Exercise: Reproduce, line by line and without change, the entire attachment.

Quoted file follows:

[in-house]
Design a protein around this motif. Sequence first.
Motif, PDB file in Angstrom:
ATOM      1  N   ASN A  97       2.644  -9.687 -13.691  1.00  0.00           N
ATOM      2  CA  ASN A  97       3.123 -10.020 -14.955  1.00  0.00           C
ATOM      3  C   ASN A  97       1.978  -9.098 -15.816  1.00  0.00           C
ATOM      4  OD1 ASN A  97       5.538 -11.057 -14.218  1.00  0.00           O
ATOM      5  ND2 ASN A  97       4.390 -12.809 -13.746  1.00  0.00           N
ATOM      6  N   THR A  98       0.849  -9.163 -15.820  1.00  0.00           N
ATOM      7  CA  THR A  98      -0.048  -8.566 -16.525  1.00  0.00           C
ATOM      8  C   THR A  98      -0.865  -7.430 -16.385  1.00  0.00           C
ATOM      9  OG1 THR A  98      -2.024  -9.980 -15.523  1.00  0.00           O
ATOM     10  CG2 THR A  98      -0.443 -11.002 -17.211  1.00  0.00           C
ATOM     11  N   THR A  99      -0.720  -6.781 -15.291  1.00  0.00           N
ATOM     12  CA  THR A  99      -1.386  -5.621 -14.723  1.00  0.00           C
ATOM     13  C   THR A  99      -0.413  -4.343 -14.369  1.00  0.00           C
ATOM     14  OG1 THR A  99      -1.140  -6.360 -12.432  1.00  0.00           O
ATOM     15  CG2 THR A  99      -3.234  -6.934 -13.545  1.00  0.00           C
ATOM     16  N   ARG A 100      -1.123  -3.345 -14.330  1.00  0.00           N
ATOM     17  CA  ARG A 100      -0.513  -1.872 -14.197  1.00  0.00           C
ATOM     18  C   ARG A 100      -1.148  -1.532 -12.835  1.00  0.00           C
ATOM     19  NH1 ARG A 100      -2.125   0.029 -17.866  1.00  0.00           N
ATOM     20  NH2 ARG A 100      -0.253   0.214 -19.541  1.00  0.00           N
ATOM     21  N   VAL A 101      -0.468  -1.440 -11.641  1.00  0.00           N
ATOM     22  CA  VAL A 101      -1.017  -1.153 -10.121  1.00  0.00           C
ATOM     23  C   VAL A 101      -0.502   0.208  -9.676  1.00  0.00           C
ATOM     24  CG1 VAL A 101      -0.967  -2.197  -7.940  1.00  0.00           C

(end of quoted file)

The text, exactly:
[in-house]
Design a protein around this motif. Sequence first.
Motif, PDB file in Angstrom:
ATOM      1  N   ASN A  97       2.644  -9.687 -13.691  1.00  0.00           N
ATOM      2  CA  ASN A  97       3.123 -10.020 -14.955  1.00  0.00           C
ATOM      3  C   ASN A  97       1.978  -9.098 -15.816  1.00  0.00           C
ATOM      4  OD1 ASN A  97       5.538 -11.057 -14.218  1.00  0.00           O
ATOM      5  ND2 ASN A  97       4.390 -12.809 -13.746  1.00  0.00           N
ATOM      6  N   THR A  98       0.849  -9.163 -15.820  1.00  0.00           N
ATOM      7  CA  THR A  98      -0.048  -8.566 -16.525  1.00  0.00           C
ATOM      8  C   THR A  98      -0.865  -7.430 -16.385  1.00  0.00           C
ATOM      9  OG1 THR A  98      -2.024  -9.980 -15.523  1.00  0.00           O
ATOM     10  CG2 THR A  98      -0.443 -11.002 -17.211  1.00  0.00           C
ATOM     11  N   THR A  99      -0.720  -6.781 -15.291  1.00  0.00           N
ATOM     12  CA  THR A  99      -1.386  -5.621 -14.723  1.00  0.00           C
ATOM     13  C   THR A  99      -0.413  -4.343 -14.369  1.00  0.00           C
ATOM     14  OG1 THR A  99      -1.140  -6.360 -12.432  1.00  0.00           O
ATOM     15  CG2 THR A  99      -3.234  -6.934 -13.545  1.00  0.00           C
ATOM     16  N   ARG A 100      -1.123  -3.345 -14.330  1.00  0.00           N
ATOM     17  CA  ARG A 100      -0.513  -1.872 -14.197  1.00  0.00           C
ATOM     18  C   ARG A 100      -1.148  -1.532 -12.835  1.00  0.00           C
ATOM     19  NH1 ARG A 100      -2.125   0.029 -17.866  1.00  0.00           N
ATOM     20  NH2 ARG A 100      -0.253   0.214 -19.541  1.00  0.00           N
ATOM     21  N   VAL A 101      -0.468  -1.440 -11.641  1.00  0.00           N
ATOM     22  CA  VAL A 101      -1.017  -1.153 -10.121  1.00  0.00           C
ATOM     23  C   VAL A 101      -0.502   0.208  -9.676  1.00  0.00           C
ATOM     24  CG1 VAL A 101      -0.967  -2.197  -7.940  1.00  0.00           C